Monday, June 15, 2009

books: the blue sword

This is probably the seventh or eighth time I've read this book; I first picked it up when I was... what, fifteen or sixteen? I think it was of my own accord-- I'd already read The Hero And The Crown for summer reading when I was somewhere around twelve, and I'd only just discovered that people who write one book I like probably have other books I'll like. And I did.

It's an easy read, but in a good way, no less complex because it's easy, though it is much simpler and more affected than her more recent stuff (I think Sunshine is the most beautiful and complex one of her's I've read yet, but I haven't picked up Chalice yet, and I haven't read everything she's written)-- but affected in the way of an early book, no in a way that I hate. Harry is relentlessly unpretentious, and that probably saves the book, though she does get a little too formal at the end. I mean, she just saved the world. But I understand that she was fully accepting the Hill Ways at that point, and they're formal and traditional, so it's okay. It makes sense in the context of the book, and it's charming enough in it's own right.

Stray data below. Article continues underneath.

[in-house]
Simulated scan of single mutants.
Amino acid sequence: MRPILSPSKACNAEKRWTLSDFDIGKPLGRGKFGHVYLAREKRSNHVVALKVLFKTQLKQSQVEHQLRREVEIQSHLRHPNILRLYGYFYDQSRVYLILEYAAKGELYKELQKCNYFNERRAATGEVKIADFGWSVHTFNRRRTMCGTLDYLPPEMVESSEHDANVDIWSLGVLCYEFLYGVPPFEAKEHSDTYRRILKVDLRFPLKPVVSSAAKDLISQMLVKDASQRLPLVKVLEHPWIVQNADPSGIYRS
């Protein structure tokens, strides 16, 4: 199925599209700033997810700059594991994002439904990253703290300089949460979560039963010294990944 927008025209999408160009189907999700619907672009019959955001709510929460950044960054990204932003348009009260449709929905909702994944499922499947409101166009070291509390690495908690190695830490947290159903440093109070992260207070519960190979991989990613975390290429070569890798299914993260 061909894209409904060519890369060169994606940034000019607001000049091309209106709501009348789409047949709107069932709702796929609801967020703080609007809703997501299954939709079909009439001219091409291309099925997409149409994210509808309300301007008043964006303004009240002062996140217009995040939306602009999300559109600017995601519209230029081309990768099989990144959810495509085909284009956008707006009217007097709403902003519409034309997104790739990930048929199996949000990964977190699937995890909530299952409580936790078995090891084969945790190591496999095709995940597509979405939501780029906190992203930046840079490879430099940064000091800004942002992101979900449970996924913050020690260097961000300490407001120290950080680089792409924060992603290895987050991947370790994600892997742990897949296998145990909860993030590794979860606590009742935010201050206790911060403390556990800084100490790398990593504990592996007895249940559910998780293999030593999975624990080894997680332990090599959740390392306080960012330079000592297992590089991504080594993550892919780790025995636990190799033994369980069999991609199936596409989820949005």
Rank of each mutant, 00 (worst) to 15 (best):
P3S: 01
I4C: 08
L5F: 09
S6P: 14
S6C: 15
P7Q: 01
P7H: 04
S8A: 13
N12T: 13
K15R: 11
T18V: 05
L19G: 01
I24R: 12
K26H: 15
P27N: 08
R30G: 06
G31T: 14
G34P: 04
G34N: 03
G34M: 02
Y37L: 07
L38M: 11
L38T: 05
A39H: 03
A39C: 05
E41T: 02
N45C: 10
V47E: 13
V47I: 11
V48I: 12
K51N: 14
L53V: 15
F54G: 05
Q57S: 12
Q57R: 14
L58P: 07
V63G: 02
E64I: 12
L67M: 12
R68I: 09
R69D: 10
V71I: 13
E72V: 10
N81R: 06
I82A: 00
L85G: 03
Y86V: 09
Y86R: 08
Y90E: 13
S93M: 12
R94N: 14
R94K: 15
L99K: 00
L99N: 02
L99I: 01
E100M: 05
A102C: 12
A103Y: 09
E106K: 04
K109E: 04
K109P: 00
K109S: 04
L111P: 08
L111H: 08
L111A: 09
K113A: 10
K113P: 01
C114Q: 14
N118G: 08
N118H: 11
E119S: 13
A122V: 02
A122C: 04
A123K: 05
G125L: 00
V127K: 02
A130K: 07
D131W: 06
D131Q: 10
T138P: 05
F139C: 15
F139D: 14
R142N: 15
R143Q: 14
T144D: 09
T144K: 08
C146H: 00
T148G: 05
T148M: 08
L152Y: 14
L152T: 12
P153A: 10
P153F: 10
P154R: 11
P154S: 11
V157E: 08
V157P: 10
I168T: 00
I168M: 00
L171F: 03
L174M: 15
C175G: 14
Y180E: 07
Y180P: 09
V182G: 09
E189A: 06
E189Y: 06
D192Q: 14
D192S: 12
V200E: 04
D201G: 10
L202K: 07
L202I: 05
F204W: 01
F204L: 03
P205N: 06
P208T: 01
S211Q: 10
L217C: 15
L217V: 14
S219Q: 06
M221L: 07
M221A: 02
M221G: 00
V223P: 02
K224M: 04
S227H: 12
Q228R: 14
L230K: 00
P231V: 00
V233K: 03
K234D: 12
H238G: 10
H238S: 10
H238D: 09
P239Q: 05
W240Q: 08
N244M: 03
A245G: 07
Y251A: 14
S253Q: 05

It's set after Hero by, like, five hundred years, but written before, and not everything said about Aerin comes out in the next book that's actually about her, but the large timespan makes that okay, too. She's mostly legend by then, and the core of who she is is in Hero the same as it is in this one. Though I do wish that there were more Damar books; it's a wonderful place perfect for semi-YA high-fantasy, but I'd rather have these few wonderful stories than a glut of ones I don't like that were just written because she thought she should.

So, here on the eighth reading, even knowing how it all goes, I can say it's still great fun, and with enough space between readings, still surprising. I forgot about the Trials and Mathin, I forgot they went to see Luthe, I forgot that they split up and had to be reunited; I think maybe I forgot on purpose so it's like reading it for the first time again-- a first time with a lot of deja vu.

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